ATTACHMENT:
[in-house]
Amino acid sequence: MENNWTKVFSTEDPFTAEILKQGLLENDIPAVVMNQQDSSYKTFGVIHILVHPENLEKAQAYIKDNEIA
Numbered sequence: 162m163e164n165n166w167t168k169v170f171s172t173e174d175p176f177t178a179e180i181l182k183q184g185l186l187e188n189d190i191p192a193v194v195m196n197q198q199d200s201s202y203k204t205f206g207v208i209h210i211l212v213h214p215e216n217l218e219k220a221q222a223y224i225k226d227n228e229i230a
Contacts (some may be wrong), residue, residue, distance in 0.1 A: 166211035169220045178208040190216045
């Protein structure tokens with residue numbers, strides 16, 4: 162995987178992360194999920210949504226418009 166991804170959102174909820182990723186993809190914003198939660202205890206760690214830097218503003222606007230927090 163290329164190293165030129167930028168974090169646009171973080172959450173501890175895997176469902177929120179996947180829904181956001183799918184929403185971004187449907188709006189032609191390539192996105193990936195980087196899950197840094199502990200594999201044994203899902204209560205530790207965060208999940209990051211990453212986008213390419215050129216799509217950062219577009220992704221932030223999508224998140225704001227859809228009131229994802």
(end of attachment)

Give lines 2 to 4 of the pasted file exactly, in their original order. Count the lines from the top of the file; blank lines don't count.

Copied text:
Amino acid sequence: MENNWTKVFSTEDPFTAEILKQGLLENDIPAVVMNQQDSSYKTFGVIHILVHPENLEKAQAYIKDNEIA
Numbered sequence: 162m163e164n165n166w167t168k169v170f171s172t173e174d175p176f177t178a179e180i181l182k183q184g185l186l187e188n189d190i191p192a193v194v195m196n197q198q199d200s201s202y203k204t205f206g207v208i209h210i211l212v213h214p215e216n217l218e219k220a221q222a223y224i225k226d227n228e229i230a
Contacts (some may be wrong), residue, residue, distance in 0.1 A: 166211035169220045178208040190216045